This myth is built on the premise that exercising a specific area will remove fat from that area. The problem with this is that spot-reduction does not exist. Performing thousands of sit-ups may give you tight abdominal muscles, but they will do nothing to rid your midsection of fat.
Additionally thigh adductor and abductor movements may debatably give women’s thighs more firmness, but they will do nothing to reduce fat in that area. Neither will side bends remove fat from the obliques. These too are bodybuilding myths.
Unless you are using chemical assistance, nothing will rid the body of fat, except a reduction in your daily energy intake; in other words, you need to burn more calories than you ingest. Additionally the first places to gain fat will be the last place to lose it.
6. If you train like a powerlifter you will develop a “blocky” looking physique.
Another one of the old bodybuilding myths. If your physique has a blocky look, then this is a genetic trait not something you created. If you were born with this physical shape, then powerlifting will simply make you a bigger “blocky looking” person.
You can negate the effect to a certain degree by developing your latissimus dorsi and vastus lateralis on the side of your thighs and maintaining a trim waistline but otherwise you’ve got the shape that you were born with. Squats, bench pressing, and deadlifting should however remain mainstays of your routine, as they are important components of an effective training regime.
7. Certain nutritional supplements can be as effective as steroids, only much safer.
Some unscrupulous manafacturers may state this in their advertising or infer it by marketing their product with a name extremely similar to the real anabolic compound, but nothing could be further from the truth.
Supplements are generally merely what they say ie suppliments to your diet, nothing more. They are not magic pills. The only things which will be as effective as steroids are other steroids. No currently available supplement has a similar anabolic effect to steroids.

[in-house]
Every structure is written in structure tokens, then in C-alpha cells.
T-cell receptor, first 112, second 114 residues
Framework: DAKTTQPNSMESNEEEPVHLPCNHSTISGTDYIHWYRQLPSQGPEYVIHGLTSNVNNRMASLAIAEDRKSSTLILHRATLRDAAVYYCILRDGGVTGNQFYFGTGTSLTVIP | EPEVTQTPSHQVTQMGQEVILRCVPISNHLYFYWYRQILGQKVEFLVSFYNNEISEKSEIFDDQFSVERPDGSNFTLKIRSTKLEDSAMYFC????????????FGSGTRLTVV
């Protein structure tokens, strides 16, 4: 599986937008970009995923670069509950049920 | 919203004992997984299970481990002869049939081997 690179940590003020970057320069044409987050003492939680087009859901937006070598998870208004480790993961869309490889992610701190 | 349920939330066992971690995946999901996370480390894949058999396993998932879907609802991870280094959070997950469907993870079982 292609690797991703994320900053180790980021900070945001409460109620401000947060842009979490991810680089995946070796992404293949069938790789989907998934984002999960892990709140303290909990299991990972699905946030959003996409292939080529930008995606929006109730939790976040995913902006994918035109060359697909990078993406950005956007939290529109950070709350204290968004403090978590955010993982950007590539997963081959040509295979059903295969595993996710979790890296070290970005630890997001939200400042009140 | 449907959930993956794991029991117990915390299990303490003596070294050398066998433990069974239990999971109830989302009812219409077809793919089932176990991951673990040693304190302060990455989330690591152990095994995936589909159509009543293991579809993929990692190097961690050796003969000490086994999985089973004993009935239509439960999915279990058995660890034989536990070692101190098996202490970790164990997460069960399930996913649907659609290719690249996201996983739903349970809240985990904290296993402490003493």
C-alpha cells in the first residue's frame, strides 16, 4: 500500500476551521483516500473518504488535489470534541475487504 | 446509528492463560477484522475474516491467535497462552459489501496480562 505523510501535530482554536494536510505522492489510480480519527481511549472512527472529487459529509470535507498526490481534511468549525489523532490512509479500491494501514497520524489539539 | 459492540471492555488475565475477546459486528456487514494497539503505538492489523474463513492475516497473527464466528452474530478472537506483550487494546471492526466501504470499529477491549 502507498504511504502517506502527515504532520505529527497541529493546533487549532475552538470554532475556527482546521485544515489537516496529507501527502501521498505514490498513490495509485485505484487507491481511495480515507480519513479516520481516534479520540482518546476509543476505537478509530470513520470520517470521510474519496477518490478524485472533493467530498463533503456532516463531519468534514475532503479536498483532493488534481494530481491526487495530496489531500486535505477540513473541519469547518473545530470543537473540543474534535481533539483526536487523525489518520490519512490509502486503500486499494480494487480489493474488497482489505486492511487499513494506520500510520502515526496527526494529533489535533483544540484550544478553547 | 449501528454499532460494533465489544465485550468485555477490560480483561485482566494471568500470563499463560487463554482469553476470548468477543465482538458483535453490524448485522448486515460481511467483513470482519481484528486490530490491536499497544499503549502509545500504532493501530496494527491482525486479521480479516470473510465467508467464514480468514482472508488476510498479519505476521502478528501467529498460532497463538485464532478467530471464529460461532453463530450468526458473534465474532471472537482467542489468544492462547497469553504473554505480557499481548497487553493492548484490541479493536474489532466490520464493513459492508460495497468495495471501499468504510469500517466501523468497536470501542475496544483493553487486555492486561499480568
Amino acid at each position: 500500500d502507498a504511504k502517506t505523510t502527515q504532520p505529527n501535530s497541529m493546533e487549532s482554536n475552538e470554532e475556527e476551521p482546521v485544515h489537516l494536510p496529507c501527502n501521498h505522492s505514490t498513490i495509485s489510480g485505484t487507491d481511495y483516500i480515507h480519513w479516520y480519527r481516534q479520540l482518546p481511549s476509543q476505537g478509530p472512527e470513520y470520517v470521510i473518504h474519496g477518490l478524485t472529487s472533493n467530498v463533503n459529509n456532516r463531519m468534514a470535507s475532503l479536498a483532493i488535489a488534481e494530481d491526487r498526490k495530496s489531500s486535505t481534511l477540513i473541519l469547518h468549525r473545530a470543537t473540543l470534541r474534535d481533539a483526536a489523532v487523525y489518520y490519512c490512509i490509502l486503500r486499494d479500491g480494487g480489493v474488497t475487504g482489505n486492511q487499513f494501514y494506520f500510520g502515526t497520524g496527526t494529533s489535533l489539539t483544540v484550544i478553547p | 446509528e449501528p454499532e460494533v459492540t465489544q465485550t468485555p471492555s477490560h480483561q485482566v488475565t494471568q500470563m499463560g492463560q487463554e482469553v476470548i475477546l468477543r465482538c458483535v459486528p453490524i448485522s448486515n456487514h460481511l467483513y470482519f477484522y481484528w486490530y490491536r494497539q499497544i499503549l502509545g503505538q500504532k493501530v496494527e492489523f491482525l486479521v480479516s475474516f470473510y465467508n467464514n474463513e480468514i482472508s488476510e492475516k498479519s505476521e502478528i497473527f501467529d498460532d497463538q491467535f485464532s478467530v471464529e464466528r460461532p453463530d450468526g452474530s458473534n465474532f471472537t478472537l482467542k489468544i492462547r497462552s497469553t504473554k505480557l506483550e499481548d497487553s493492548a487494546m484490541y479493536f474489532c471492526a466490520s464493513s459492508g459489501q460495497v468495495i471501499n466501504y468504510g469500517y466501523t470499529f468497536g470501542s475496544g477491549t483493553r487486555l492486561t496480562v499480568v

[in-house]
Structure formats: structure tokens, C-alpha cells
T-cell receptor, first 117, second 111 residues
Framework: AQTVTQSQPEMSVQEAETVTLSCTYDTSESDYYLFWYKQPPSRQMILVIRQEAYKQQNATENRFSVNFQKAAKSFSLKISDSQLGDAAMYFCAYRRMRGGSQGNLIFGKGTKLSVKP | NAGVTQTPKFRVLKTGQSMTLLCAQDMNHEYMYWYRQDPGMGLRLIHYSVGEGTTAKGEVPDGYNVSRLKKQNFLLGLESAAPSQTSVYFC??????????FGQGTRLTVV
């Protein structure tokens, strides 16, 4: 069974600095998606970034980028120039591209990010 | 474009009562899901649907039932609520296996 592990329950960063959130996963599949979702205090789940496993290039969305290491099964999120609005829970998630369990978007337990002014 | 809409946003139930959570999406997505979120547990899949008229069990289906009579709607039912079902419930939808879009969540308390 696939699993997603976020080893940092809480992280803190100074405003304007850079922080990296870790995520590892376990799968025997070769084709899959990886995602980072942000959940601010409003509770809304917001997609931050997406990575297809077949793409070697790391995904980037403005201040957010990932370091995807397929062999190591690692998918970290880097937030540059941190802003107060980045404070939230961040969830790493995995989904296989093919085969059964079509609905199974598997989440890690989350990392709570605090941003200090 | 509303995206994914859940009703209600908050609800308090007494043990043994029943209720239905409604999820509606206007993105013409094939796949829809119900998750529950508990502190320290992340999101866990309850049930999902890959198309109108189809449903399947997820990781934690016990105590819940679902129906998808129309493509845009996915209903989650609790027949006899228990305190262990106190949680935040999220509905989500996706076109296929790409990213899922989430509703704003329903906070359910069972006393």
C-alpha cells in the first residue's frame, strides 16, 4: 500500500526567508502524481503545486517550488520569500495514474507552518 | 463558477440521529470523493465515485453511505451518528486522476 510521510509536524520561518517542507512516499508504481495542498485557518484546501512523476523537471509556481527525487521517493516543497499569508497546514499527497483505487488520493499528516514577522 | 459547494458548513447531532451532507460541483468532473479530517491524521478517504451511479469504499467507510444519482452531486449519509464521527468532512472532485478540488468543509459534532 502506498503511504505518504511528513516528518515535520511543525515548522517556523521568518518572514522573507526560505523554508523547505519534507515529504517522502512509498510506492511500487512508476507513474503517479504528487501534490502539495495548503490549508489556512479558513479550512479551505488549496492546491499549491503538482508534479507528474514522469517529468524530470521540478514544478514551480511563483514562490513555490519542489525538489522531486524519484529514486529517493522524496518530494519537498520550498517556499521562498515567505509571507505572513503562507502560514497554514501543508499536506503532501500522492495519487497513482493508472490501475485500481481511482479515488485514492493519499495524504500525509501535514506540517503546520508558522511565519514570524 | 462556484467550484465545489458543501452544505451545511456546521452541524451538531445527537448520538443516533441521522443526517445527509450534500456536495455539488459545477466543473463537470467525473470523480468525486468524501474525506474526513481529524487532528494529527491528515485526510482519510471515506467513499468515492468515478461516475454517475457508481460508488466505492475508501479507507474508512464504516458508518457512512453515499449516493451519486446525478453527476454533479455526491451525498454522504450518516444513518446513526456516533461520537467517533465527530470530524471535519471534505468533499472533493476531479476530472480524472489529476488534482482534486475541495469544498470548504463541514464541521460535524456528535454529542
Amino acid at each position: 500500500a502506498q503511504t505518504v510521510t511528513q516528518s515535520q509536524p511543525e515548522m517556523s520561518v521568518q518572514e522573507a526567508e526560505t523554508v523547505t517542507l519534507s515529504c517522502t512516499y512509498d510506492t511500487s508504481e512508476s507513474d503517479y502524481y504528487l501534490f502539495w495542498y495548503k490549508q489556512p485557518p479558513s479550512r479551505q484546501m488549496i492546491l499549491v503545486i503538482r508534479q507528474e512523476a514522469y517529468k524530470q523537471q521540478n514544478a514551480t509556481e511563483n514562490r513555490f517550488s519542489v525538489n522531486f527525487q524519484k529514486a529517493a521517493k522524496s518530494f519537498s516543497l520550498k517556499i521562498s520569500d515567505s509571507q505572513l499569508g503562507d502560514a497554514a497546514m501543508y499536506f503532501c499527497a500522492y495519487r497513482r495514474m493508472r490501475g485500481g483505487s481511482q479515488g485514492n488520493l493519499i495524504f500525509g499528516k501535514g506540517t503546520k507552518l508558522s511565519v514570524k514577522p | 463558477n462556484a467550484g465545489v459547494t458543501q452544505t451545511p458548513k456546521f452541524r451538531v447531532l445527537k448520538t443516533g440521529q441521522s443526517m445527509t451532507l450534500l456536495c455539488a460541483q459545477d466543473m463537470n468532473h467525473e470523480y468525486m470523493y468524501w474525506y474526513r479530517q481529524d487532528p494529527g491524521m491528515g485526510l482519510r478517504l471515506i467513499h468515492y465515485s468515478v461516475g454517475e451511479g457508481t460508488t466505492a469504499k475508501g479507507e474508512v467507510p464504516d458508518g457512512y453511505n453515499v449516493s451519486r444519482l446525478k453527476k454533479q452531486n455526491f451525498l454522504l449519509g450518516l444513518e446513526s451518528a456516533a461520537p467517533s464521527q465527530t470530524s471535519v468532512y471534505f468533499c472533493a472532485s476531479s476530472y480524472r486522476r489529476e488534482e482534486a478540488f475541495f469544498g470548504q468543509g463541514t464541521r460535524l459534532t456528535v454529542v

However, that being said, nutrients and supplements can be very effective, especially if your diet is lacking in some critical component or you’ve missed a meal for some reason. Vitamin and mineral deficiencies are also more common than you might suppose. Additionally ingesting a good protein supplement immediately after an intense workout has been shown to increase the assimilation of muscle.
Despite our commonalities, biochemically individuals can vary considerably, and what works for one person might be ineffective for another. The interplay of genetics, varying lifestyles, and dietary habits makes it very difficult to predict what will work for an individual and what won’t.
There is no doubt however that food supplements have benefits which shouldn’t be overlooked. They’re also generally safe to ingest and not usually deliterious to health. They will not increase muscle mass in a similar way to anabolic steroids however.
8. After you have stopped working out, your muscles will turn into fat:
I recently saw this again on a forum response and it is quite simply ridiculous.Without getting too technical here, fat and muscle are essentially completely different substances and one cannot simply turn into the other.
Now we’ve got that out of the way, what can happen that caused this myth to come into being? Well, if you stop working out, or stop applying resistance to your muscles on a regular basis, they will atrophy over time. If an individual then continues to ingest a similar amount of food as when he was training he is also likely to become fat.
9. Anyone who takes steroids can achieve the same level of muscularity as a professional bodybuilder:
If only this was true, and whilst steroids will increase your limited natural genetic potential for muscle hypertrophy, unfortunately it is not a level playing field. Aside from genetics determining natural physical transformation, the physical response to anabolic steroids varies widely between individuals.
Hyper-responders can show a marked response to these drugs and gain muscle mass very easily. Some individuals however have a much more limited response. Obviously individuals predisposed to being hyper-responders have a unique advantage with regard to assimilating muscle tissue should they decide to utilise anabolic steroids.
Due to the differences in how individuals react to these drugs, two bodybuilders could utilise the same steroid stack, train and eat identically, yet one could become a national contender whilst the other might never even win a local contest.
Hopefully this article has helped to dispel some persistent bodybuilding myths and misinformation which do nothing but add to the confusion in this industry.